These young men aspired to be role models for other young men who did not have positive male leaders in their lives. I was ecstatic when one 18 year old young man talked about doing away with harmful sexual practices, many of which were directed at women as a way to make them marriageable. We discussed that men were key to ending many of these harmful cultural practices. Using Female Genital Mutilation as an example, we imagined what might happen if men such as themselves educated other men about the physical, emotional and psychological harm caused by FGM. We envisioned what would happen to the practice of FGM if these men, decided en masse that from there on in they would no longer want a woman to be cut as a prerequisite for marriage. We saw how FGM and other harmful practices carried out on women could be eradicated if men became actively involved in outlawing them.
I left Cape Town feeling hopeful that there would be a drastic reduction in VAW if not total eradication in my lifetime. I found myself feeling confident in the probability of a future in which my daughters and all women of their age would be free to be fully themselves, without fear of violence perpetrated by men. I dared to imagine a future in which collective responsibility for our environment, and natural resources and equitable distribution of these resources were the norm rather than the exception. My fierce sister Zubeida, with her dogged determination and her love for community and progress left me in no doubt that Cape Town and its surrounding rural areas would rise and rise huge.
Back in Johannesburg, Joliz and I visited the oldest township in Johannesburg, Alexandra. One of the V-Girls, Mantala, gave us a deluxe tour through crowded potholed streets lined by women selling chicken intestines and gizzards while men sold matches, candles, cigarettes and gum. Alex, as it is called locally, was throbbing with energy and if one listened carefully, beneath the cacophony of sounds, the chaos of life, and the jarring contradictions of the place, one could hear the rhythmic, human heartbeat in this sprawling conglomeration of shacks, matchbox houses and mansions.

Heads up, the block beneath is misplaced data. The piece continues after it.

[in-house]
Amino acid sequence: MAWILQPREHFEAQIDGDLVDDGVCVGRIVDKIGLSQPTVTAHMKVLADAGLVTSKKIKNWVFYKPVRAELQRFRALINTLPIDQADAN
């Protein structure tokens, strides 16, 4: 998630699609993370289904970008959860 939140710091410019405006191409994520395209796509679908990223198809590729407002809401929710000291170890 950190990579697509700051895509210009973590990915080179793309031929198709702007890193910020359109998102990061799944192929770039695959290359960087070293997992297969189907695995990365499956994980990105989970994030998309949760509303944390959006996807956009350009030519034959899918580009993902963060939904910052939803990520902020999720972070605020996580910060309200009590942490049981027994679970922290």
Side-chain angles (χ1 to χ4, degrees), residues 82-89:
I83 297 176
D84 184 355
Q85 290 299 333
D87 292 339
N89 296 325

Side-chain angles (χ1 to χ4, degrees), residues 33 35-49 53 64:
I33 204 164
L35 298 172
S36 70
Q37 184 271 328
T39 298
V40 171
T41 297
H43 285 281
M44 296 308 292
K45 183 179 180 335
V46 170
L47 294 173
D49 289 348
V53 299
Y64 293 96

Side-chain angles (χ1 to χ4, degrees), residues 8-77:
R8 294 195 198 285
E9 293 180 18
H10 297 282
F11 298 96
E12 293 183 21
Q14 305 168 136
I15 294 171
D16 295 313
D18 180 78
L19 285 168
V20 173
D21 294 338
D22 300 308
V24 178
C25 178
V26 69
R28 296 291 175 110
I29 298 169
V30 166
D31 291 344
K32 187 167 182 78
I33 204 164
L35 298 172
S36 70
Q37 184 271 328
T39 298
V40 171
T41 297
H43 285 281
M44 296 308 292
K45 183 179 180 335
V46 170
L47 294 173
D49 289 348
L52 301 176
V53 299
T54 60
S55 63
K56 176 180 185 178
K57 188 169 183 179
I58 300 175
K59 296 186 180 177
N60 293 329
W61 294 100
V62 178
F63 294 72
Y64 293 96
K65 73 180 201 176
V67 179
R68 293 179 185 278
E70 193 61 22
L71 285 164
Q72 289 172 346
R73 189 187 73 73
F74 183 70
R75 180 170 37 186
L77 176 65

Mantala took us through a street where there is a mural with the history of Alexandra. She explained that the mural was painted last year in time for Alexandra’s 100 year anniversary, by an artist and philanthropist in the community.
As she talked animatedly, she paused every so often to greet a friend or to respond to a greeting. As we walk hand in hand, Mantala blurts out “Alex will rise”. Indeed, Alex will rise for justice along with the rest of South Africa.
Our last days in South Africa were full of more surprises and fortuitous encounters with women and men who generously offered their time and expertise on the numerous aspects that are needed in order to mobilize for rising to take place on the 14 of February next year. Our Zimbabwe coordinator, Nyasha Sengayi introduced me to young women from Lesotho, Swaziland and Malawi who were all interested in taking the OBR for Justice Campaign to their respective countries. This hunger in women to see an end to rape, violence and oppression saturated every space in which we discussed the OBR campaign for justice.
South Africa is ripe for the One Billion Rising campaign, and the call to action for Justice resonates with everyone we met. There is a sense also that the time has come to make a huge, audacious, effort to end VAW, and from what I experienced, it seems as though all our efforts in South Africa are affirmed and in harmony with everything that is happening globally in this most amazing and absolutely critical call to action: One Billion Rising for Justice, 2014. The global solidarity is real and palpable. My heart tells me that transformation in the hearts and minds of people has already begun and that after the Risings on V-Day’s 16th anniversary, transformation will continue, propelling all of us to view the earth and our place in it differently, and for the good of us all.